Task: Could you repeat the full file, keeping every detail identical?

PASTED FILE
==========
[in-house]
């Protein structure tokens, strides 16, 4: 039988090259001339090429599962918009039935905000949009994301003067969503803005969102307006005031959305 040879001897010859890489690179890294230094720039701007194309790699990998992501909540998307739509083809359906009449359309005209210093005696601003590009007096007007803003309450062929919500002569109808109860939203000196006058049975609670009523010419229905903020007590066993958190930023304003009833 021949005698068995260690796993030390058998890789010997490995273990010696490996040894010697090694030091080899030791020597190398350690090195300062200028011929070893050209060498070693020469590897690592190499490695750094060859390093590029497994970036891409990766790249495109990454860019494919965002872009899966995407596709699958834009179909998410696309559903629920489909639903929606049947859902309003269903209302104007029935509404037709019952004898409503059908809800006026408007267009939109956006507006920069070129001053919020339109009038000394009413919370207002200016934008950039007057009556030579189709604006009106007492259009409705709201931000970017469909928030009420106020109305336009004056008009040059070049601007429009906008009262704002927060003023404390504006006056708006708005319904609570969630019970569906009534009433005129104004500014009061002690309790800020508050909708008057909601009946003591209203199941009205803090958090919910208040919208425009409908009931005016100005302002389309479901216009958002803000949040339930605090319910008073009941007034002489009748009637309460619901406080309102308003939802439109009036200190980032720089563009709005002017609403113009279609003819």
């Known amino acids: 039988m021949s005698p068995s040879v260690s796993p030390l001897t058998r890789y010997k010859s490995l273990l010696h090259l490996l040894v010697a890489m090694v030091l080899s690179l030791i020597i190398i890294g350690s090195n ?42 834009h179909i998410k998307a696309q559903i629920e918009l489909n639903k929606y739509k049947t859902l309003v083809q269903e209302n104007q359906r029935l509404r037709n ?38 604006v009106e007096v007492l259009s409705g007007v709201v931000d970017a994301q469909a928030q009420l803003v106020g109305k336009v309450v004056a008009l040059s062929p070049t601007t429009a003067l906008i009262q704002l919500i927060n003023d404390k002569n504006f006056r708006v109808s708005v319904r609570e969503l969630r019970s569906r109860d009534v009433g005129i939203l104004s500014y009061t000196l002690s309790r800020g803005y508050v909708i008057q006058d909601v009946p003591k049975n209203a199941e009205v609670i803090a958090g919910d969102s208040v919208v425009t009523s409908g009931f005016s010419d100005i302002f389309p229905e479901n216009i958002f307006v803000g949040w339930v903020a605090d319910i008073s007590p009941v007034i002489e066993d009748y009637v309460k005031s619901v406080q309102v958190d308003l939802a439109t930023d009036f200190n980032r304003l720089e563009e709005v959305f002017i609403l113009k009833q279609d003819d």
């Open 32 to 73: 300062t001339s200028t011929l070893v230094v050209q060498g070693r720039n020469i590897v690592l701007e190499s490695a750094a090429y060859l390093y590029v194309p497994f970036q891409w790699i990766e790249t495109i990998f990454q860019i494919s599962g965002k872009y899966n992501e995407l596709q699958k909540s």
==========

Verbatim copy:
[in-house]
């Protein structure tokens, strides 16, 4: 039988090259001339090429599962918009039935905000949009994301003067969503803005969102307006005031959305 040879001897010859890489690179890294230094720039701007194309790699990998992501909540998307739509083809359906009449359309005209210093005696601003590009007096007007803003309450062929919500002569109808109860939203000196006058049975609670009523010419229905903020007590066993958190930023304003009833 021949005698068995260690796993030390058998890789010997490995273990010696490996040894010697090694030091080899030791020597190398350690090195300062200028011929070893050209060498070693020469590897690592190499490695750094060859390093590029497994970036891409990766790249495109990454860019494919965002872009899966995407596709699958834009179909998410696309559903629920489909639903929606049947859902309003269903209302104007029935509404037709019952004898409503059908809800006026408007267009939109956006507006920069070129001053919020339109009038000394009413919370207002200016934008950039007057009556030579189709604006009106007492259009409705709201931000970017469909928030009420106020109305336009004056008009040059070049601007429009906008009262704002927060003023404390504006006056708006708005319904609570969630019970569906009534009433005129104004500014009061002690309790800020508050909708008057909601009946003591209203199941009205803090958090919910208040919208425009409908009931005016100005302002389309479901216009958002803000949040339930605090319910008073009941007034002489009748009637309460619901406080309102308003939802439109009036200190980032720089563009709005002017609403113009279609003819």
């Known amino acids: 039988m021949s005698p068995s040879v260690s796993p030390l001897t058998r890789y010997k010859s490995l273990l010696h090259l490996l040894v010697a890489m090694v030091l080899s690179l030791i020597i190398i890294g350690s090195n ?42 834009h179909i998410k998307a696309q559903i629920e918009l489909n639903k929606y739509k049947t859902l309003v083809q269903e209302n104007q359906r029935l509404r037709n ?38 604006v009106e007096v007492l259009s409705g007007v709201v931000d970017a994301q469909a928030q009420l803003v106020g109305k336009v309450v004056a008009l040059s062929p070049t601007t429009a003067l906008i009262q704002l919500i927060n003023d404390k002569n504006f006056r708006v109808s708005v319904r609570e969503l969630r019970s569906r109860d009534v009433g005129i939203l104004s500014y009061t000196l002690s309790r800020g803005y508050v909708i008057q006058d909601v009946p003591k049975n209203a199941e009205v609670i803090a958090g919910d969102s208040v919208v425009t009523s409908g009931f005016s010419d100005i302002f389309p229905e479901n216009i958002f307006v803000g949040w339930v903020a605090d319910i008073s007590p009941v007034i002489e066993d009748y009637v309460k005031s619901v406080q309102v958190d308003l939802a439109t930023d009036f200190n980032r304003l720089e563009e709005v959305f002017i609403l113009k009833q279609d003819d």
């Open 32 to 73: 300062t001339s200028t011929l070893v230094v050209q060498g070693r720039n020469i590897v690592l701007e190499s490695a750094a090429y060859l390093y590029v194309p497994f970036q891409w790699i990766e790249t495109i990998f990454q860019i494919s599962g965002k872009y899966n992501e995407l596709q699958k909540s």